The God-honoring quality of life is always the divine objective in the believer's daily life. Its realization is never by a human resolution or struggle or the resources of the flesh: it is by "fighting the good fight of faith." There is a wide difference between "fighting" to do what God alone can do, and "fighting" to maintain an attitude of dependence on Him to do what He alone can do. The child of God has an all-engaging responsibility of continuing in an attitude of reliance upon the Spirit. This is the point of his constant attention. This is his divinely appointed task and place of co-operation in the mighty undertakings of God. The locomotive engineer will accomplish little when pushing his ponderous train. He is not appointed to such a service. His real usefulness will begin when he takes his place at the throttle. The important conflict in the believer's life is to maintain the unbroken attitude of reliance upon the Spirit. Thus, and only thus, can the Spirit possess and vitalize every human faculty, emotion and choice.
It is in every sense the Christian's own life which is lived and his only consciousness will be that of the use of his own faculties: but all these will be empowered by the Spirit as they otherwise could not be. The empowering work of the Spirit does not set aside the normal functions of the human soul and spirit. He works through unto fullness of power which realizes the blessed will of God. "If by means of the Spirit ye are walking, ye shall not fulfill the lust of the flesh." "Faith is the victory that overcomes the world."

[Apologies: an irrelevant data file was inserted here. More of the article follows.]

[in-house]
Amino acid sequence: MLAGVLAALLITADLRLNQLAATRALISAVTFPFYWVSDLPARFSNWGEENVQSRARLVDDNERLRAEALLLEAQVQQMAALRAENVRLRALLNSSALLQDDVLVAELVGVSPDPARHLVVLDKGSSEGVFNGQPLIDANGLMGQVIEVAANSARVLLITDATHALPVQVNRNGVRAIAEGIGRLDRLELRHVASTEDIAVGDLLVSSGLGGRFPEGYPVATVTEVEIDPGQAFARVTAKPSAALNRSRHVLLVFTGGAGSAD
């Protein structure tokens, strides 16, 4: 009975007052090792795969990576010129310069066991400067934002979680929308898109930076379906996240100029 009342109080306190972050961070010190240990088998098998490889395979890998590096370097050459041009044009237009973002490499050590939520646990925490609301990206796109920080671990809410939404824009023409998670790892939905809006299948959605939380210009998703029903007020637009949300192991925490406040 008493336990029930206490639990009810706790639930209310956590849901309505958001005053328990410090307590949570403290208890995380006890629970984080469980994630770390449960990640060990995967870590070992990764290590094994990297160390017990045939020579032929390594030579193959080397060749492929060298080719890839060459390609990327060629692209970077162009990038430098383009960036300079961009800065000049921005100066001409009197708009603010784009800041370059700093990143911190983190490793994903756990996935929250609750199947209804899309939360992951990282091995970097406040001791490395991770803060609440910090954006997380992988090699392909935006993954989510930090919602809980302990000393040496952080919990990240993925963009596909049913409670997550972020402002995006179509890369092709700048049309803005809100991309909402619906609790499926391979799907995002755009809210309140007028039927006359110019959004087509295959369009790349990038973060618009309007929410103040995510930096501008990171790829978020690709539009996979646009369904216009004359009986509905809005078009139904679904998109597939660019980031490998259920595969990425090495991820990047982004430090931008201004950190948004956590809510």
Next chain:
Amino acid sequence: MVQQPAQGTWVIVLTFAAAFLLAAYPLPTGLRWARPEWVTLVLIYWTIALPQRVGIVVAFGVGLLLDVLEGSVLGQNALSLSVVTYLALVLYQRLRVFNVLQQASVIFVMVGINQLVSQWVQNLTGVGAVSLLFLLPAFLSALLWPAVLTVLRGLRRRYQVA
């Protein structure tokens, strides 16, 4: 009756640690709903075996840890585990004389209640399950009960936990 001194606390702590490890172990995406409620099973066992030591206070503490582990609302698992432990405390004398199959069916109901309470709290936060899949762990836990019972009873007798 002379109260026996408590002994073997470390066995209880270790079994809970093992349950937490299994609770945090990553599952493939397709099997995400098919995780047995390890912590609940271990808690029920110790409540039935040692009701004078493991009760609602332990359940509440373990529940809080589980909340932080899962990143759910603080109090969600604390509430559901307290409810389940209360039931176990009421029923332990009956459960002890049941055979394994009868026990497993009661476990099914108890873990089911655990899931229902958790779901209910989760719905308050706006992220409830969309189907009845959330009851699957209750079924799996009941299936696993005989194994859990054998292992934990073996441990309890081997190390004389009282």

Rationalism is directly opposed to faith. There are those who rebel at the teaching that salvation is by faith alone. They rebel either because they do not know, or do not believe, the Word of God. There are those, likewise, who rebel at the teaching that an unbroken victory in the believer's daily life is by faith alone, and this, too, is either because they do not know, or do not believe, the Scriptures. The doctrine concerning a divinely produced sanctity of life does not rest upon one or two proof texts. It is one of the great themes, if not the most extensive, theme in the Epistles; for not only is the doctrine taught at length, but every injunction to the Christian is based upon the exact principles revealed in the doctrine. It is one of the most vital elements in the age-characterizing provisions in grace.
Three Reasons for Reliance upon the Spirit
The Bible assigns at least three outstanding causes which hinder spirituality in the child of God, making necessary implicit and constant reliance upon the indwelling Spirit: (1) "The world," or the opposite of the heavenly standards; (2) "The flesh," or that within the Christian which opposes the Spirit by "lusting" against the Spirit; and (3) "The devil," who opposes every plan and purpose of God. These are now to be taken up more at length, but in a different order:
First, the Impossible Heavenly Standard of Life in Contrast to the Standards of the World.